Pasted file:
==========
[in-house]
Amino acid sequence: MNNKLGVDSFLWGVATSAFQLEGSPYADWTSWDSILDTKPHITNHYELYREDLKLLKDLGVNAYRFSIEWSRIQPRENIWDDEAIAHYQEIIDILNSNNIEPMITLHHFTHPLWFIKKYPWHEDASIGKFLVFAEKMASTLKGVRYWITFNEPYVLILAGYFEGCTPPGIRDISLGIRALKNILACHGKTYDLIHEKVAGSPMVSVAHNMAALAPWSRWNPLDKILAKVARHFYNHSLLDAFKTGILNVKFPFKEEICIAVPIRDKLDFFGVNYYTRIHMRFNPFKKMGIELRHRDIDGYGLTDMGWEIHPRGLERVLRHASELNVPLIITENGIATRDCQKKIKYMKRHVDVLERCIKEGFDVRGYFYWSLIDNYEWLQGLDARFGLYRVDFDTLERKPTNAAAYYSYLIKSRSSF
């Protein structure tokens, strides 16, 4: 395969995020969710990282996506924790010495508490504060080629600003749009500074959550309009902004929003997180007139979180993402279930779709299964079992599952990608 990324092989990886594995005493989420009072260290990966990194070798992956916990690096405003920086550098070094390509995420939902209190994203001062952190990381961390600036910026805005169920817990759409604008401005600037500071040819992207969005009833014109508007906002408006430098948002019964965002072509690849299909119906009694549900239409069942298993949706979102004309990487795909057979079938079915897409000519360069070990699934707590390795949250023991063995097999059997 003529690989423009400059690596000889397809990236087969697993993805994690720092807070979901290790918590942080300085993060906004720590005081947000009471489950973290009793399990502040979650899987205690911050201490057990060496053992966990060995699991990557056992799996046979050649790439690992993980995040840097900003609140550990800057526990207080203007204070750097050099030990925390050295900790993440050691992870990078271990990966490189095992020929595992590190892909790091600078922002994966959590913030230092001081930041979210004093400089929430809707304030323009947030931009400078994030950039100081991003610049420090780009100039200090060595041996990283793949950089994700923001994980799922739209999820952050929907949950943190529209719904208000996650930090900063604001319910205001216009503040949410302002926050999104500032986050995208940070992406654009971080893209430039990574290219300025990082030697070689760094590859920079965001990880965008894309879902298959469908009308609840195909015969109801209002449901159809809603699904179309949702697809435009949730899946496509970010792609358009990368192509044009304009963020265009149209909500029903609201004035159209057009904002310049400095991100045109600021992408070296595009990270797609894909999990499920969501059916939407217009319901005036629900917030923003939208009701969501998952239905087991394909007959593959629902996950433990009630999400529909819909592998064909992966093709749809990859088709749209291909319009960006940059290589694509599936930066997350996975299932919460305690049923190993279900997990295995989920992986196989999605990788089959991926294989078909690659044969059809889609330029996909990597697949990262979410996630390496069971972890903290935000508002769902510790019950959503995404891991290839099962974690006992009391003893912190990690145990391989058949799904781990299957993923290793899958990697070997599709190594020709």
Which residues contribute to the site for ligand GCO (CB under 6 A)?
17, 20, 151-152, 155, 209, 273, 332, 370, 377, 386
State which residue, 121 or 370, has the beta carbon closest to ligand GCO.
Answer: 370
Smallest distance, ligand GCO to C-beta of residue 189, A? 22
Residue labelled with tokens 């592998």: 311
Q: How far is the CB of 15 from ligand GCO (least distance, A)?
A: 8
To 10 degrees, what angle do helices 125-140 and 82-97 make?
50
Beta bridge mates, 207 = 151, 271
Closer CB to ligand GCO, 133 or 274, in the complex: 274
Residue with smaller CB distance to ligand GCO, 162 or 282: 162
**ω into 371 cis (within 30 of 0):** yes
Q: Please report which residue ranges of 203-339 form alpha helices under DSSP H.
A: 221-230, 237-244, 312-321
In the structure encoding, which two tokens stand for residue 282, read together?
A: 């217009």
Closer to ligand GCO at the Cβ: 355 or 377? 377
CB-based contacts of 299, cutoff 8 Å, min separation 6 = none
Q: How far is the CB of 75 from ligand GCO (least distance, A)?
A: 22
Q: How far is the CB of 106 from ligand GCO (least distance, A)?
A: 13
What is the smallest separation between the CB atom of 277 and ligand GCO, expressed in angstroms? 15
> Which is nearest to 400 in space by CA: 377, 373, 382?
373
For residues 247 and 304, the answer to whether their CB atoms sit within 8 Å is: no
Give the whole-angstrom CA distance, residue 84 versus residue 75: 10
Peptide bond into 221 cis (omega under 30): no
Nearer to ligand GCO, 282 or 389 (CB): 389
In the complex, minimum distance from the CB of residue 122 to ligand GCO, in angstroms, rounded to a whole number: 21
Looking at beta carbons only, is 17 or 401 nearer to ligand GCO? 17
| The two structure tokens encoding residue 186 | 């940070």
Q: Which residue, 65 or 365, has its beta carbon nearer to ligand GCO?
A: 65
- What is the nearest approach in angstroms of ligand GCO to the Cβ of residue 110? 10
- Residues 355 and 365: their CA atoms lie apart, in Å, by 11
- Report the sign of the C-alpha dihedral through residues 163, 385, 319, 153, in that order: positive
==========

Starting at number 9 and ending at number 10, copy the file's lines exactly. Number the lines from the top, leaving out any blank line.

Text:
Residue labelled with tokens 């592998």: 311
Q: How far is the CB of 15 from ligand GCO (least distance, A)?